(d) Contingency Plan
15. The main purpose of the contingency plan is to guide the PCO in maintaining continuity of core business in the event that the Y2K problem impacts on PCO's computer hardware and software, equipment or other resources. The scope of the contingency planning is as follows: -
- Conducting a business impact analysis to pinpoint dependencies of core business process on computer hardware and software, equipment and other resources;
- Based on the analysed result identify strategies and options;
- Provide guidance and assist management in the selection of options; and
- Develop a baseline contingency plan and framework for testing of the plan.
16. Upon completion of the above tasks, HKPC will produce a risk assessment and contingency plan report.
17. It is expected that the compliance testing of CHS and the drawing up of a contingency plan for Complaint Handling System will be completed by early June 1999.
18. Since September 1998 a Progress Report on Y2K Compliance in Non-Government Organisations has been provided to Information Technology and Broadcasting Bureau via Home Affairs Bureau on a monthly basis.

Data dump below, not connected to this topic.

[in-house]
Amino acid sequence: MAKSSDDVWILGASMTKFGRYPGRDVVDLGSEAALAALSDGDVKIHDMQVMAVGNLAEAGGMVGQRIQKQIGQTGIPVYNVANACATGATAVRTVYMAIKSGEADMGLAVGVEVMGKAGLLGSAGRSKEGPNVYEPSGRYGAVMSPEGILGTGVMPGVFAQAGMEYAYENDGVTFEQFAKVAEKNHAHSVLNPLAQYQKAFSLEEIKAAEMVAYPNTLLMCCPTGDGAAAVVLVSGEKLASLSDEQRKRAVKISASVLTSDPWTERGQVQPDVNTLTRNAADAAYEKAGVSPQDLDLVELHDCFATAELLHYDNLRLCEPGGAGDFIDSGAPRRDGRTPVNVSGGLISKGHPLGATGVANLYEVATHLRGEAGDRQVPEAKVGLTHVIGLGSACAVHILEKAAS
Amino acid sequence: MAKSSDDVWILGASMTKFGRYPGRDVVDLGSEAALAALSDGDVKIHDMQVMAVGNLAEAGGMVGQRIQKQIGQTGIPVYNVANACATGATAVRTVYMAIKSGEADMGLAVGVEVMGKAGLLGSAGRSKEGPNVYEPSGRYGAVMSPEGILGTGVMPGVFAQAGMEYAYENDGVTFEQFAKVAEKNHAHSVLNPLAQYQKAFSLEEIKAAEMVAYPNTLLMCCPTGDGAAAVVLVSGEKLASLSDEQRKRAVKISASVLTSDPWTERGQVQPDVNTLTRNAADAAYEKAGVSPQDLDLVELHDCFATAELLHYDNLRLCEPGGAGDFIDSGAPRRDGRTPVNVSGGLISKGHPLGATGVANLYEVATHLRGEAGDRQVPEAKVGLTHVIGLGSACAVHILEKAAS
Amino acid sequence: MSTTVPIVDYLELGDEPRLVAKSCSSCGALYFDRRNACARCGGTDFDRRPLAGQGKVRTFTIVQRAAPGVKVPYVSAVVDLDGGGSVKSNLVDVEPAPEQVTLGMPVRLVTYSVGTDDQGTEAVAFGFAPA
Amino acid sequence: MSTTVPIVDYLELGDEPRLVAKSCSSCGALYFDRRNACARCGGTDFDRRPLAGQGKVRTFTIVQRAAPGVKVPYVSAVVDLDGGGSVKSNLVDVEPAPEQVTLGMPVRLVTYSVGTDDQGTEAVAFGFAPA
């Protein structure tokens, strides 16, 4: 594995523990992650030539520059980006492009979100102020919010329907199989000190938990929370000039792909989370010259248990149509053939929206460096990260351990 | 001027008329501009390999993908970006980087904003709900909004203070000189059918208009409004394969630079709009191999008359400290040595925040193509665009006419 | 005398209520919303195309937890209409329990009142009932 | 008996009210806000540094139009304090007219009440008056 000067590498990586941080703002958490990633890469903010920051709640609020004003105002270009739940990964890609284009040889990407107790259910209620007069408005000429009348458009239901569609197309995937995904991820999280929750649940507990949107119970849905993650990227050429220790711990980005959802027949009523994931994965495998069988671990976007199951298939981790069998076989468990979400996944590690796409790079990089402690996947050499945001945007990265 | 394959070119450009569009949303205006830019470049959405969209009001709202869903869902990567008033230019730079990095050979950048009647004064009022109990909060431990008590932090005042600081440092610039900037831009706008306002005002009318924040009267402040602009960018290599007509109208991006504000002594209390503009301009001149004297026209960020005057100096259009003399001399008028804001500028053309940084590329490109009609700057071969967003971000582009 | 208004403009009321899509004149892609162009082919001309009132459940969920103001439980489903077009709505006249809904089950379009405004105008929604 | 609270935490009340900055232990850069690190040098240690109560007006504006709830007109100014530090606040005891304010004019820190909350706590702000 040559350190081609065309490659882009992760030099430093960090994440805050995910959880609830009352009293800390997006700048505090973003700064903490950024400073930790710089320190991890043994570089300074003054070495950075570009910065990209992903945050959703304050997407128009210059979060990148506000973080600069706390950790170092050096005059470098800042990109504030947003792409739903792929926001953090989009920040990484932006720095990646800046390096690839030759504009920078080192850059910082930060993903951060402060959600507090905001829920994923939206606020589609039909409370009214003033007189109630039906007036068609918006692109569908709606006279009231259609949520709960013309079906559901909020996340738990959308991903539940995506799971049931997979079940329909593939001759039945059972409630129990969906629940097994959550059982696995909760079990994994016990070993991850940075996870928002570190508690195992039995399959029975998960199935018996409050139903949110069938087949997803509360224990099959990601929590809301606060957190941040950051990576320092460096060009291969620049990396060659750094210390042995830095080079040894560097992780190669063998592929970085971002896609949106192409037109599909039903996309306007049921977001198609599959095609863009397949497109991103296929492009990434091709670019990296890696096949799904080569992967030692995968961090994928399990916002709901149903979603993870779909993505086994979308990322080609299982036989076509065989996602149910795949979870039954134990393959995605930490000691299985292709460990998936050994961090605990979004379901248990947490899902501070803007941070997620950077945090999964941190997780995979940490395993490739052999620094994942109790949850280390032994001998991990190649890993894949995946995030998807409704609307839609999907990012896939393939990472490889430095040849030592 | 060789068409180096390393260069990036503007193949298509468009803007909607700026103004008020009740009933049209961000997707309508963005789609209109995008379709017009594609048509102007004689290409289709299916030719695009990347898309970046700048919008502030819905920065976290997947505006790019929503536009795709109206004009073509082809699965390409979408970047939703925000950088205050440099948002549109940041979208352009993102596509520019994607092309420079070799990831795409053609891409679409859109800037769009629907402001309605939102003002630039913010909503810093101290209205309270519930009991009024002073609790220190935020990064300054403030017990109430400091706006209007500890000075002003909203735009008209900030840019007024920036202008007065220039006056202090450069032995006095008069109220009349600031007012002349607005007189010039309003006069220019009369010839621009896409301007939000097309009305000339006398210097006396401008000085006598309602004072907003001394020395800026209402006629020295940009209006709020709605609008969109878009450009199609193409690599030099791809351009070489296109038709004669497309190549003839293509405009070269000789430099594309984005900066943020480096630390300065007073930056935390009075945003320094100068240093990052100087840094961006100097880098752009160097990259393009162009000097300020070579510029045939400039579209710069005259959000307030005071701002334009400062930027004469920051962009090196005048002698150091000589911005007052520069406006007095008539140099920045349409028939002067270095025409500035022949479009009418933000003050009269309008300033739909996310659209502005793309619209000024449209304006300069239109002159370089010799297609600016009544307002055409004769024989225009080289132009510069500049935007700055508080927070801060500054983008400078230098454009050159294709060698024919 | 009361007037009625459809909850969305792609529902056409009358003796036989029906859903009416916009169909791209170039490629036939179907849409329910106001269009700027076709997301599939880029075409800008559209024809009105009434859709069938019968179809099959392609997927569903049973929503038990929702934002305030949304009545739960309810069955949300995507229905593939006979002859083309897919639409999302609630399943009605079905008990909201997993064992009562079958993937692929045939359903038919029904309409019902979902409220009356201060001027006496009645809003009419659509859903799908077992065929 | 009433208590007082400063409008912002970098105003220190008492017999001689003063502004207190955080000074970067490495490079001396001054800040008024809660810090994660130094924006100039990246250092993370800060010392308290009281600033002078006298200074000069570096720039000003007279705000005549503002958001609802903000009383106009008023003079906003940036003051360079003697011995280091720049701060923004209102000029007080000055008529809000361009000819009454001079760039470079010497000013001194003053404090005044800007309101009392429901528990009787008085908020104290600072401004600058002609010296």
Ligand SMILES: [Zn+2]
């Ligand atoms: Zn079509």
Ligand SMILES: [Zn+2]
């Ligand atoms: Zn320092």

19. The PCO has no plan to launch a publicity programme to keep the public informed of the latest development of the Y2K compliance exercise within the PCO and the related contingency plan as this is unlikely to be of significant general interest. A report on the action taken by the PCO to ensure Y2K compliance will be included in the Privacy Commissioner for Personal Data's coming annual report. In addition, if asked by the members of the public or the media, the PCO will of course provide the position on its Y2K compliance exercise.
Office of the Privacy Commissioner for Personal Data
19 April 1999